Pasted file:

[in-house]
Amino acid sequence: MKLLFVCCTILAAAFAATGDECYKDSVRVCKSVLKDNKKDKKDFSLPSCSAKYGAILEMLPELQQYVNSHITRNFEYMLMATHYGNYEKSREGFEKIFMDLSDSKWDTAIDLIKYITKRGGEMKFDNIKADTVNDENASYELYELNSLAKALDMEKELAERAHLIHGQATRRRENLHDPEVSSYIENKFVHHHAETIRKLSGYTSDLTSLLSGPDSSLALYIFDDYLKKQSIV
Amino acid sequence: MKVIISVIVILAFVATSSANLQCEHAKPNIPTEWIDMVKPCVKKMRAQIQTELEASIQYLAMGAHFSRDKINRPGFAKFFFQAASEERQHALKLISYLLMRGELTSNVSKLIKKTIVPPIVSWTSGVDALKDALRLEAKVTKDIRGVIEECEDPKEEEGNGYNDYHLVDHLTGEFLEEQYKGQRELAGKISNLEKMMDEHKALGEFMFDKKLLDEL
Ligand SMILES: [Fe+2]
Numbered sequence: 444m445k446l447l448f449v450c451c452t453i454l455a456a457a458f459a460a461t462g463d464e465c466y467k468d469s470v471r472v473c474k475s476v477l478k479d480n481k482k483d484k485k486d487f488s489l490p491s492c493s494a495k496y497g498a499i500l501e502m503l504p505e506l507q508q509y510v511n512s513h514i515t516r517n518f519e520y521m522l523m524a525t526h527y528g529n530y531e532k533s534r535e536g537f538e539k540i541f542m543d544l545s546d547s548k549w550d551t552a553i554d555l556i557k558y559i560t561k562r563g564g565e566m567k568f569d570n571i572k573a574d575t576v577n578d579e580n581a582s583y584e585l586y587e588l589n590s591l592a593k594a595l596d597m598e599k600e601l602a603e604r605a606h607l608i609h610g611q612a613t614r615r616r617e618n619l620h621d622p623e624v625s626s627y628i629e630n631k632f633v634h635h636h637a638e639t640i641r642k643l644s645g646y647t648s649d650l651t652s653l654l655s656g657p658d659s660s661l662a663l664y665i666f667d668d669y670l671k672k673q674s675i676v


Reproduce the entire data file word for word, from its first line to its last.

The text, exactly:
[in-house]
Amino acid sequence: MKLLFVCCTILAAAFAATGDECYKDSVRVCKSVLKDNKKDKKDFSLPSCSAKYGAILEMLPELQQYVNSHITRNFEYMLMATHYGNYEKSREGFEKIFMDLSDSKWDTAIDLIKYITKRGGEMKFDNIKADTVNDENASYELYELNSLAKALDMEKELAERAHLIHGQATRRRENLHDPEVSSYIENKFVHHHAETIRKLSGYTSDLTSLLSGPDSSLALYIFDDYLKKQSIV
Amino acid sequence: MKVIISVIVILAFVATSSANLQCEHAKPNIPTEWIDMVKPCVKKMRAQIQTELEASIQYLAMGAHFSRDKINRPGFAKFFFQAASEERQHALKLISYLLMRGELTSNVSKLIKKTIVPPIVSWTSGVDALKDALRLEAKVTKDIRGVIEECEDPKEEEGNGYNDYHLVDHLTGEFLEEQYKGQRELAGKISNLEKMMDEHKALGEFMFDKKLLDEL
Ligand SMILES: [Fe+2]
Numbered sequence: 444m445k446l447l448f449v450c451c452t453i454l455a456a457a458f459a460a461t462g463d464e465c466y467k468d469s470v471r472v473c474k475s476v477l478k479d480n481k482k483d484k485k486d487f488s489l490p491s492c493s494a495k496y497g498a499i500l501e502m503l504p505e506l507q508q509y510v511n512s513h514i515t516r517n518f519e520y521m522l523m524a525t526h527y528g529n530y531e532k533s534r535e536g537f538e539k540i541f542m543d544l545s546d547s548k549w550d551t552a553i554d555l556i557k558y559i560t561k562r563g564g565e566m567k568f569d570n571i572k573a574d575t576v577n578d579e580n581a582s583y584e585l586y587e588l589n590s591l592a593k594a595l596d597m598e599k600e601l602a603e604r605a606h607l608i609h610g611q612a613t614r615r616r617e618n619l620h621d622p623e624v625s626s627y628i629e630n631k632f633v634h635h636h637a638e639t640i641r642k643l644s645g646y647t648s649d650l651t652s653l654l655s656g657p658d659s660s661l662a663l664y665i666f667d668d669y670l671k672k673q674s675i676v